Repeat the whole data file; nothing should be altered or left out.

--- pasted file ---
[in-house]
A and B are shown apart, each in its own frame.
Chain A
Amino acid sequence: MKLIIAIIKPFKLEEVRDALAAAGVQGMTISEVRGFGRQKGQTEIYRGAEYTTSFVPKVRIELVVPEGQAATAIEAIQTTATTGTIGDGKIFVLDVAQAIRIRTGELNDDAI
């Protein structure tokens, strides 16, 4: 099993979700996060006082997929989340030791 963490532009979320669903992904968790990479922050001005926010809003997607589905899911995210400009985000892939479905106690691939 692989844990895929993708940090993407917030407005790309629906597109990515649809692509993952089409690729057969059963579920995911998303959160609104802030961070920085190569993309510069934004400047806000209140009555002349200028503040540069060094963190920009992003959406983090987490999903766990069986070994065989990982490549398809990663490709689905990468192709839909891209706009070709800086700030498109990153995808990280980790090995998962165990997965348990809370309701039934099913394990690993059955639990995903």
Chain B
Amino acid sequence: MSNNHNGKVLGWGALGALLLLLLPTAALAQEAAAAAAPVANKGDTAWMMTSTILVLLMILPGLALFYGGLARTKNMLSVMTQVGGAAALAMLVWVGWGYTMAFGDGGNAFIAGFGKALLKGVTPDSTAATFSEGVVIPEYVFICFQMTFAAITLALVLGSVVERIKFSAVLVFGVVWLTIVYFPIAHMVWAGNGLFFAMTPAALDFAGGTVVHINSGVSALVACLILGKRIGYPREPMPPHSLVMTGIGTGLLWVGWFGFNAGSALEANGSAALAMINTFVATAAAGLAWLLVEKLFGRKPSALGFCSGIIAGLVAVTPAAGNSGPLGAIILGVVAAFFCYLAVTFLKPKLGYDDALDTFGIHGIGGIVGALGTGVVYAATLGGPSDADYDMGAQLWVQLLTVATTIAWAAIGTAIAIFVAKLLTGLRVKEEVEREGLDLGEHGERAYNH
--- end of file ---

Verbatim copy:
[in-house]
A and B are shown apart, each in its own frame.
Chain A
Amino acid sequence: MKLIIAIIKPFKLEEVRDALAAAGVQGMTISEVRGFGRQKGQTEIYRGAEYTTSFVPKVRIELVVPEGQAATAIEAIQTTATTGTIGDGKIFVLDVAQAIRIRTGELNDDAI
């Protein structure tokens, strides 16, 4: 099993979700996060006082997929989340030791 963490532009979320669903992904968790990479922050001005926010809003997607589905899911995210400009985000892939479905106690691939 692989844990895929993708940090993407917030407005790309629906597109990515649809692509993952089409690729057969059963579920995911998303959160609104802030961070920085190569993309510069934004400047806000209140009555002349200028503040540069060094963190920009992003959406983090987490999903766990069986070994065989990982490549398809990663490709689905990468192709839909891209706009070709800086700030498109990153995808990280980790090995998962165990997965348990809370309701039934099913394990690993059955639990995903």
Chain B
Amino acid sequence: MSNNHNGKVLGWGALGALLLLLLPTAALAQEAAAAAAPVANKGDTAWMMTSTILVLLMILPGLALFYGGLARTKNMLSVMTQVGGAAALAMLVWVGWGYTMAFGDGGNAFIAGFGKALLKGVTPDSTAATFSEGVVIPEYVFICFQMTFAAITLALVLGSVVERIKFSAVLVFGVVWLTIVYFPIAHMVWAGNGLFFAMTPAALDFAGGTVVHINSGVSALVACLILGKRIGYPREPMPPHSLVMTGIGTGLLWVGWFGFNAGSALEANGSAALAMINTFVATAAAGLAWLLVEKLFGRKPSALGFCSGIIAGLVAVTPAAGNSGPLGAIILGVVAAFFCYLAVTFLKPKLGYDDALDTFGIHGIGGIVGALGTGVVYAATLGGPSDADYDMGAQLWVQLLTVATTIAWAAIGTAIAIFVAKLLTGLRVKEEVEREGLDLGEHGERAYNH